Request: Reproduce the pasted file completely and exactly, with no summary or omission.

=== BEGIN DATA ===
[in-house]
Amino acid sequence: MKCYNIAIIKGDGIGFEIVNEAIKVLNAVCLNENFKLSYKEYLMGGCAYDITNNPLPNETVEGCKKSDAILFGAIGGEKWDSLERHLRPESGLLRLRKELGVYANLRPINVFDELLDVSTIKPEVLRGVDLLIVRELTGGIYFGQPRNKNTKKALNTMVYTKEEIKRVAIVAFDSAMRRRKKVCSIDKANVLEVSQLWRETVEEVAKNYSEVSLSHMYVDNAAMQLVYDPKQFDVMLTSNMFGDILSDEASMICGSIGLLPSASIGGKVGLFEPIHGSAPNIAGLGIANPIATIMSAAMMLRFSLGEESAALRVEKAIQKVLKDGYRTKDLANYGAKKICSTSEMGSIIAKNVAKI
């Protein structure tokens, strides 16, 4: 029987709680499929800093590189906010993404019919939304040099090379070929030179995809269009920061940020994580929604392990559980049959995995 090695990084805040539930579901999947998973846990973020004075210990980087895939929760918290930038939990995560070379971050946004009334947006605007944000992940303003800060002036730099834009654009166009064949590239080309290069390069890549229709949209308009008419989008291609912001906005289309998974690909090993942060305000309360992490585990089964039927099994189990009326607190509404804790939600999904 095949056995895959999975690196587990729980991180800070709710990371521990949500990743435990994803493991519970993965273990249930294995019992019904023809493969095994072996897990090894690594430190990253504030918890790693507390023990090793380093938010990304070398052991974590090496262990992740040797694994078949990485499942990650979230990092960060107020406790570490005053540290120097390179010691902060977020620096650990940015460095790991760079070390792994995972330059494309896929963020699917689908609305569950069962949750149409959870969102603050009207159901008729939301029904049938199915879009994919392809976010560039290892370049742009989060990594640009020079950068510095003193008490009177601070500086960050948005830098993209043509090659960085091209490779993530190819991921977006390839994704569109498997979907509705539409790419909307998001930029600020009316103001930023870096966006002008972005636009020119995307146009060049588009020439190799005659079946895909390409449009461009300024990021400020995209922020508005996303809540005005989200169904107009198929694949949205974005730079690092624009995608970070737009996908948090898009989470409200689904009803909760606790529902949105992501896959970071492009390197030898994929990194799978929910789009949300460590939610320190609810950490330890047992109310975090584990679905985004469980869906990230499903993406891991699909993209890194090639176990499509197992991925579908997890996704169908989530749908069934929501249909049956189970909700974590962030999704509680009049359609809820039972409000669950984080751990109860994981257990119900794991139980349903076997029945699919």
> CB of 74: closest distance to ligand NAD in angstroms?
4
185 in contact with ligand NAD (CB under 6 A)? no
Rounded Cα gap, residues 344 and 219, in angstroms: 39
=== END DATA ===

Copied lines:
[in-house]
Amino acid sequence: MKCYNIAIIKGDGIGFEIVNEAIKVLNAVCLNENFKLSYKEYLMGGCAYDITNNPLPNETVEGCKKSDAILFGAIGGEKWDSLERHLRPESGLLRLRKELGVYANLRPINVFDELLDVSTIKPEVLRGVDLLIVRELTGGIYFGQPRNKNTKKALNTMVYTKEEIKRVAIVAFDSAMRRRKKVCSIDKANVLEVSQLWRETVEEVAKNYSEVSLSHMYVDNAAMQLVYDPKQFDVMLTSNMFGDILSDEASMICGSIGLLPSASIGGKVGLFEPIHGSAPNIAGLGIANPIATIMSAAMMLRFSLGEESAALRVEKAIQKVLKDGYRTKDLANYGAKKICSTSEMGSIIAKNVAKI
């Protein structure tokens, strides 16, 4: 029987709680499929800093590189906010993404019919939304040099090379070929030179995809269009920061940020994580929604392990559980049959995995 090695990084805040539930579901999947998973846990973020004075210990980087895939929760918290930038939990995560070379971050946004009334947006605007944000992940303003800060002036730099834009654009166009064949590239080309290069390069890549229709949209308009008419989008291609912001906005289309998974690909090993942060305000309360992490585990089964039927099994189990009326607190509404804790939600999904 095949056995895959999975690196587990729980991180800070709710990371521990949500990743435990994803493991519970993965273990249930294995019992019904023809493969095994072996897990090894690594430190990253504030918890790693507390023990090793380093938010990304070398052991974590090496262990992740040797694994078949990485499942990650979230990092960060107020406790570490005053540290120097390179010691902060977020620096650990940015460095790991760079070390792994995972330059494309896929963020699917689908609305569950069962949750149409959870969102603050009207159901008729939301029904049938199915879009994919392809976010560039290892370049742009989060990594640009020079950068510095003193008490009177601070500086960050948005830098993209043509090659960085091209490779993530190819991921977006390839994704569109498997979907509705539409790419909307998001930029600020009316103001930023870096966006002008972005636009020119995307146009060049588009020439190799005659079946895909390409449009461009300024990021400020995209922020508005996303809540005005989200169904107009198929694949949205974005730079690092624009995608970070737009996908948090898009989470409200689904009803909760606790529902949105992501896959970071492009390197030898994929990194799978929910789009949300460590939610320190609810950490330890047992109310975090584990679905985004469980869906990230499903993406891991699909993209890194090639176990499509197992991925579908997890996704169908989530749908069934929501249909049956189970909700974590962030999704509680009049359609809820039972409000669950984080751990109860994981257990119900794991139980349903076997029945699919």
> CB of 74: closest distance to ligand NAD in angstroms?
4
185 in contact with ligand NAD (CB under 6 A)? no
Rounded Cα gap, residues 344 and 219, in angstroms: 39